Why is donor support for civic space so important?
The dramatic shrinking of civic space worldwide has become even more apparent since the beginning of the COVID-19 pandemic 2020. Many governments have disproportionately restricted the civil liberties of their citizens during the crisis. They have violated freedom of expression, freedom of the press and freedom of assembly; they have excluded those affected from participation processes and have expanded surveillance.
Without space for civil society to act, development cannot reach everyone and reduce inequalities. The negative effects of shrinking and closing space do not only affect civil society organisations and their beneficiaries. They massively harm the political, social and economic development in countries, impacting the entire population. Strong and independent civil society organisations are the engine of social and political development. Together with people at the grassroots, they represent a future that focuses on justice, peace and environmental protection. An agenda which seeks to fight corruption, prevent outbreaks of violence, or initiate post-conflict reconciliation processes.
On 6 July 2021, the Organisation for Economic Co-operation and Development – Development Assistance Committee (OECD – DAC) decided on on its Recommendation on Enabling Civil Society. The OECD-DAC represents 30 state members, including many of the largest aid donors. Its aim is to promote development co-operation, and it is particularly important in setting standards for donor countries in providing aid. The specific aim of the OECD – DAC Policy Instrument is to give guidance to its members, the most important state donors, on how to support civil society actors worldwide.
Donor countries can play a crucial role in protecting and enabling civil society space worldwide. The way donor countries support civil society in their partner countries can make a huge difference for civil society and their space, and can also influence civil society’s role in future development.
What are important recommendations of civil society?
Through the DAC-CSO (civil society organisations) Reference Group, civil society actors from the Global North and the Global South were able to be involved in the process through several consultations. Among many other civil society organisations and networks, the ACT Alliance and its members have been actively involved and provided comments and suggestions on how donor support to civil society should look. This entails:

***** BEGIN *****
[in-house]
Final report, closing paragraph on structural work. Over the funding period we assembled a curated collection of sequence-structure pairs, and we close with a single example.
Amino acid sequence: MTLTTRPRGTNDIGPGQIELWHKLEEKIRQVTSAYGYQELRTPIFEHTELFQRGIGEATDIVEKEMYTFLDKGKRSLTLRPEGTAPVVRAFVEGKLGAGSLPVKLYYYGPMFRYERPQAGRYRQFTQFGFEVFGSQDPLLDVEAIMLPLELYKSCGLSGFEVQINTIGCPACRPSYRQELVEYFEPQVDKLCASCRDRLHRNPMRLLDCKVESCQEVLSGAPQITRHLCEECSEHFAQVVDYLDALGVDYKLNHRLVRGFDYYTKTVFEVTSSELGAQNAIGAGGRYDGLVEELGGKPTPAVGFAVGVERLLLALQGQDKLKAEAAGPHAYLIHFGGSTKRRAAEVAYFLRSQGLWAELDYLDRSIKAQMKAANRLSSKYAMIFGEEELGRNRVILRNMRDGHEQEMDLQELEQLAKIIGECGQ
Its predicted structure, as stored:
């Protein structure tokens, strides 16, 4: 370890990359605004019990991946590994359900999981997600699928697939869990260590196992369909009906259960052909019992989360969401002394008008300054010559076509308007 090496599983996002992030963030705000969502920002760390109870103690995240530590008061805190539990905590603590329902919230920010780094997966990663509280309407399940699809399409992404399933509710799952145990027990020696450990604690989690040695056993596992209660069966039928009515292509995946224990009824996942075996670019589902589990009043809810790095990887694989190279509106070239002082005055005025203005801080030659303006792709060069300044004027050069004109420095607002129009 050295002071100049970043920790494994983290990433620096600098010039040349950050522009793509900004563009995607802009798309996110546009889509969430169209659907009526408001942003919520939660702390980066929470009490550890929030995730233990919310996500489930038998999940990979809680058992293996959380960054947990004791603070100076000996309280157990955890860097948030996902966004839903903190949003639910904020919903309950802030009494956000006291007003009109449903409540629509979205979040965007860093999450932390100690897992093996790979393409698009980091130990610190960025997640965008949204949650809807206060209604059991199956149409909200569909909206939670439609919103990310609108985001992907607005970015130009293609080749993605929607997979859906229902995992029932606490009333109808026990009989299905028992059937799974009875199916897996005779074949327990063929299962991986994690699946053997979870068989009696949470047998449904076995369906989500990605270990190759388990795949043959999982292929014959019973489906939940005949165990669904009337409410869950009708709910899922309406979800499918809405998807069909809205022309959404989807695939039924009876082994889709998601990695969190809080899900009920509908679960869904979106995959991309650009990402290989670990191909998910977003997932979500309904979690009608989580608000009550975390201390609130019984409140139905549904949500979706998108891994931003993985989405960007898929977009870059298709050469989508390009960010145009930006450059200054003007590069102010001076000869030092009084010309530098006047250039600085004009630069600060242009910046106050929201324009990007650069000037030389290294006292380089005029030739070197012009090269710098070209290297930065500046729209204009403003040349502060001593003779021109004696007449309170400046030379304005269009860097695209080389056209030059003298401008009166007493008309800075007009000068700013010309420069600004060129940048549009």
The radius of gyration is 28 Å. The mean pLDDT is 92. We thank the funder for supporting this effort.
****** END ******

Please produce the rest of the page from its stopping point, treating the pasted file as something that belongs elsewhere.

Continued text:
- Implementing specific measures to support an inclusive and independent civil society and fully advance the respect, protection and promotion of open civic space.
- Supporting, including financially, civil society as development actors in their own right;
- Respecting human rights in donor partnerships with the private sector, where private sector initiatives may undermine community development and harm human rights defenders;
- Enabling laws and regulations that recognise CSOs as actors that have a positive impact on terrorism prevention;
- Promoting and investing in the leadership of local/national civil society actors in partner countries or territories.
For civil society worldwide, it is of particular importance that the DAC passed the Policy Instrument as an official Recommendation to give it the leverage that it deserves. Although OECD Recommendations are not legally binding, they are official legal instruments and have traditionally had great moral force and there is an expectation that OECD members will do their utmost to implement them. This hopefully means that more donor countries in future will do more to better support civil society and their space.
Christine Meissler works as Policy Advisor on Civil Society for Brot für die Welt and is also Coordinator of the ACT Alliance Community of Practice Human Rights in Development.